Of course it is Saturday in the CNMI and the Ombudsman Office is closed. I emailed Acting Assistant Secretary Sobeck to ask her to explain why the OIA is not paying these employees, which is a violation of federal law. I also called the Office of Insular Affairs in Washington, DC this morning to ask for an explanation, but I was told that the director was in a meeting and I have not heard back.
The employees should file a case with the U.S. Department of Labor. In fact, this could be a good test case to see how U.S. DOL handles complaints from the Ombudsman Office.
Alarming, and more than a little ironic. This is yet another example that something is not right with the Office of Insular Affairs.
Federal Agencies in the CNMI are Understaffed and Underfunded
Does anyone seriously believe that the U.S. Department of Labor and U.S. Department of Homeland Security will be able to assist hundreds of nonresident workers with concerns regarding their unpaid wages, abuses, human trafficking, rapes, assaults, and a myriad of other complaints that the Ombudsman Office has routinely managed?
The U.S. DOL's Wage and Hour Division only has authority over businesses which earn over $500,000 annually. Many of the nonresident workers are employed by CNMI employers whose small businesses are not covered by federal wage and hour laws. What help will DOL be able to provide for them? Will they write letters for the cheaters workers and followup as the Ombudsman Office did? Will they go after their employers to see that they are paid? I seriously doubt that they can assist except where they are allowed to do under federal laws.
Right now there are domestic workers in the CNMI who are owed back wages and filed complaints. What has U.S. DOL done to assist them? Where do their cases stand?
The U.S. DOLWage and Hour Division is aware that the nonresident workers at the Tinian Dynasty Hotel have complained for over 8 years concerning unpaid wages. Action is taken and then the hotel continues to violate labor laws and cheat the employees. Currently, Tinian Dynasty workers are owed weeks of back wages. What is U.S. DOL doing about this?
Nonresident workers have also expressed concerns about the U.S. DOL being capable of taking over responsibilities of the Ombudsman Office. Haidee Eugenio from The Saipan Tribune reported:
Workers urged acting U.S. Interior assistant secretary Eileen Sobeck Wednesday night to help extend the Federal Labor Ombudsman’s Office’s operations in the CNMI beyond Sept. 30 or, in the alternative, ensure that other entities absorbing the ombudsman’s office functions will give “fair treatment” to those seeking help over unpaid wages and related labor issues.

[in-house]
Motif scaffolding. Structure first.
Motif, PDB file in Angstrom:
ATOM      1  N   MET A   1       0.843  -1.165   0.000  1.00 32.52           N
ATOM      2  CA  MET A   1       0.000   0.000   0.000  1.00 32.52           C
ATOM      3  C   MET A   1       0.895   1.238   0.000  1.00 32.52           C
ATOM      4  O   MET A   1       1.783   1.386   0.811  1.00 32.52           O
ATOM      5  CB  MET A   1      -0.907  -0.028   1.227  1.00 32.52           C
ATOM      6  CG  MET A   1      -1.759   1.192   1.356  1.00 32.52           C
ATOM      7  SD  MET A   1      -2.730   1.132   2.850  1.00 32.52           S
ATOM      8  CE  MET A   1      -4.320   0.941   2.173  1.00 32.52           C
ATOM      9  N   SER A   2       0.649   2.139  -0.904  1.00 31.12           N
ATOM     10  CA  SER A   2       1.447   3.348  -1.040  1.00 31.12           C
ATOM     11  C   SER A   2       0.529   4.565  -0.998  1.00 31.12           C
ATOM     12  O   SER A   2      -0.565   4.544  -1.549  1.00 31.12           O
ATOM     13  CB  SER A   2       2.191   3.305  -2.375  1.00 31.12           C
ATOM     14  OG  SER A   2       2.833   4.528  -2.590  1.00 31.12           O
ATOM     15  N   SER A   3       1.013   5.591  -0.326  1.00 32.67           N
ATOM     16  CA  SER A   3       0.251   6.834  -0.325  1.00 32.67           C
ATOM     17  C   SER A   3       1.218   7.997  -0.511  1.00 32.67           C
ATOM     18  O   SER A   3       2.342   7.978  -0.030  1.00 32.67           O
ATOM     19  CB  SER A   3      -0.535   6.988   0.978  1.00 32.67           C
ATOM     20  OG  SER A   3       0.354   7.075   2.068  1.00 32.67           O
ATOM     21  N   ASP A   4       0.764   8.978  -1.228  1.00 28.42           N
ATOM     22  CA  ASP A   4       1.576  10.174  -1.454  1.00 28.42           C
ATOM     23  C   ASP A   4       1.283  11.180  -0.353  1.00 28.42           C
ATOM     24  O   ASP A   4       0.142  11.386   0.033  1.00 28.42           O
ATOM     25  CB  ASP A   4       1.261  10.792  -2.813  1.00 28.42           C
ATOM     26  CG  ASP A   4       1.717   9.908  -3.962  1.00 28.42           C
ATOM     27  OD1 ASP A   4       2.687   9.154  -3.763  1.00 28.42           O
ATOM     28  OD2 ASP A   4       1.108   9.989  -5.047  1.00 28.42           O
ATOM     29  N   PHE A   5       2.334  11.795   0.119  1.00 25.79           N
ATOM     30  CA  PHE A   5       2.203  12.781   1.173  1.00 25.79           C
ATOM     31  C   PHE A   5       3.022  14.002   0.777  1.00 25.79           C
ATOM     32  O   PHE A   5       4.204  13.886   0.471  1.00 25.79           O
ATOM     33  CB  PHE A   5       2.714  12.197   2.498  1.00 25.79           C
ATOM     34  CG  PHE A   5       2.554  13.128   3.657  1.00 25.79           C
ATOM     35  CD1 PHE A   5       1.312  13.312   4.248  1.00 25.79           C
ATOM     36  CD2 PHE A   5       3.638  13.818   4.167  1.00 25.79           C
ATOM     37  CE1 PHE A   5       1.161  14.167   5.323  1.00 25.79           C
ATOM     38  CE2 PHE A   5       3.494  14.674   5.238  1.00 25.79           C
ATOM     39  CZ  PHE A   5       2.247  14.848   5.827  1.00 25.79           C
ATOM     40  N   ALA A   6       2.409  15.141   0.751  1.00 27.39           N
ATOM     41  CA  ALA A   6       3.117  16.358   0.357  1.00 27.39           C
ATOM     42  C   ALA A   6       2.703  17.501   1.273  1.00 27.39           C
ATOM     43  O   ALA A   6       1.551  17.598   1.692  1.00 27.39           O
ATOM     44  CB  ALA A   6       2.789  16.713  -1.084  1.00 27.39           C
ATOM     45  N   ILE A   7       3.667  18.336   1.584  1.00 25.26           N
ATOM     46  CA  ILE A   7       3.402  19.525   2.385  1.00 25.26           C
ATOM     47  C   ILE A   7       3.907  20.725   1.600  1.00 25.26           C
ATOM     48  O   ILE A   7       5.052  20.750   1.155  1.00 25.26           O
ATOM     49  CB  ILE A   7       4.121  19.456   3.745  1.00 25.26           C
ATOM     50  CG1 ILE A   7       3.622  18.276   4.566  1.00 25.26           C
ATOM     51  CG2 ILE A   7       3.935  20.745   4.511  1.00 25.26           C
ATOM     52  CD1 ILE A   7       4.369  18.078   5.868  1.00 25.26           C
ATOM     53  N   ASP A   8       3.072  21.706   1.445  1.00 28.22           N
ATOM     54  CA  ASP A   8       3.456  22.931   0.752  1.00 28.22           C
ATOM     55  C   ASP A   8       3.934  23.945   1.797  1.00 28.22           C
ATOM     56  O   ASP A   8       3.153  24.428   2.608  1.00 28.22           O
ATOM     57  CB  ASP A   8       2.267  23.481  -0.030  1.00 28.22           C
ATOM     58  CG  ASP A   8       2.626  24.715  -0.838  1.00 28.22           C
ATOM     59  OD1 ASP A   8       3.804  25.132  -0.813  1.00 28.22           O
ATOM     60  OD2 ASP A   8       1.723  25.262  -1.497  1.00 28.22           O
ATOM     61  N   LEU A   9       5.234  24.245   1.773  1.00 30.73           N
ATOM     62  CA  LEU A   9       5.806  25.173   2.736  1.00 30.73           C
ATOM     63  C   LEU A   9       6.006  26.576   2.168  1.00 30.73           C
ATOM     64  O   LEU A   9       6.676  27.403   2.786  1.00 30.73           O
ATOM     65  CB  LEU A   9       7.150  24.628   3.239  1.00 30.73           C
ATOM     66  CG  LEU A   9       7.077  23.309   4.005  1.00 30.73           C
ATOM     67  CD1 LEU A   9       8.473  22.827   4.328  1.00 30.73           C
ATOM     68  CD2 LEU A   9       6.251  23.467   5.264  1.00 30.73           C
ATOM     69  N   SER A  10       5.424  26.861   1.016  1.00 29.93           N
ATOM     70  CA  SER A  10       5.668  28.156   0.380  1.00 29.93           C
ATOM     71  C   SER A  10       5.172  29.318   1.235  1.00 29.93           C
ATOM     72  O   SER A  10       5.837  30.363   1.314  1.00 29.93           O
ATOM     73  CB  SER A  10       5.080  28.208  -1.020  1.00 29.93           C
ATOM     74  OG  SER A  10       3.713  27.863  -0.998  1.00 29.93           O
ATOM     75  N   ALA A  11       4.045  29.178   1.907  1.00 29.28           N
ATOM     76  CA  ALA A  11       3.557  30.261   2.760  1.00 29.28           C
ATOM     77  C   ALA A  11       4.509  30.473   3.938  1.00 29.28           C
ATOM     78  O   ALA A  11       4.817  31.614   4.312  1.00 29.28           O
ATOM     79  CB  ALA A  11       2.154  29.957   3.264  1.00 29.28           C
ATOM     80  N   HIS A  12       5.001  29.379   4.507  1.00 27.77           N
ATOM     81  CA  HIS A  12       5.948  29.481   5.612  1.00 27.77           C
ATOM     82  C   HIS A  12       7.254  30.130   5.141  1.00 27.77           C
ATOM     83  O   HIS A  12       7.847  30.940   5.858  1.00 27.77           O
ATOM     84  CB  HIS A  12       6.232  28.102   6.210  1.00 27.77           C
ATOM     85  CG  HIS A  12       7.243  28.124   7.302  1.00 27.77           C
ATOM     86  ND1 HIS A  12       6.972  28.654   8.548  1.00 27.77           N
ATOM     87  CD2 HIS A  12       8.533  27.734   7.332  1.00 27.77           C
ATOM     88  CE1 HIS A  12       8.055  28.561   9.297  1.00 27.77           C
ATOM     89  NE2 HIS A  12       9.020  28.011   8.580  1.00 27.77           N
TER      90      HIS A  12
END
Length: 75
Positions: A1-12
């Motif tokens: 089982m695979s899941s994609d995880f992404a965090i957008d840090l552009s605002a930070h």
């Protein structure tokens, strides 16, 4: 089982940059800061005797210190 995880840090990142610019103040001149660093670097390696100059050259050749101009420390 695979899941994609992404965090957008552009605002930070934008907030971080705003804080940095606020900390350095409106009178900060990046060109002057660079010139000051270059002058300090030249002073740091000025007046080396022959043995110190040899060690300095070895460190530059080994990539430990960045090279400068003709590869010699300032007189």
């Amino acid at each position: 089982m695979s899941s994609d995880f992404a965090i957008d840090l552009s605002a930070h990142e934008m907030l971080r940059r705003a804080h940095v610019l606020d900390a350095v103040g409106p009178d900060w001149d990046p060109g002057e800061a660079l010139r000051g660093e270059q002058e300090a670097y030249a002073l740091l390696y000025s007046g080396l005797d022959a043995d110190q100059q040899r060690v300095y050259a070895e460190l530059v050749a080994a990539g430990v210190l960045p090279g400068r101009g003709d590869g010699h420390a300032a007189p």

This comes amid worker groups’ concern that a U.S. Labor Wage and Hour Division employee on Saipan has been improperly siding with employers who do not pay their workers properly, even before reviewing the workers’ specific complaints.These allegations should be investigated. They also point out why an independent office is needed to address the concerns and complaints of the nonresidents.
Office of Insular Affairs Needs a Makeover
Soon a new Assistant Secretary will be appointed to the Office of Insular Affairs to replace Tony Babauta who resigned earlier this year. Hopefully, that person will be knowledgeable about the territories' concerns and needs. The OIA needs a person who will once again uphold the rights of the CNMI nonresident workers, someone who will step up and take the time to research and respond appropriately to the issues of the CNMI's disenfranchised, underclass of legal, long-term nonresidents.
My fear is that the legitimate concerns of the nonresidents are being dismissed as insignificant or that OIA is listening to those who falsely claim that there are no longer many cases of nonresident abuses that need attention. I would hate to see the return of international headlines highlighting the failure of the U.S. Government to address rampant cases of human rights and labor abuses in the CNMI, as was the case before the opening of the Federal Ombudsman Office. The OIA needs to ensure that the dark era that scarred the reputation of the U.S. does not repeat ever again.
There needs to be strong leadership in the Office of Insular Affairs and a staff that is qualified to make wise decisions that will impact not just the territories, but the reputation of the United States.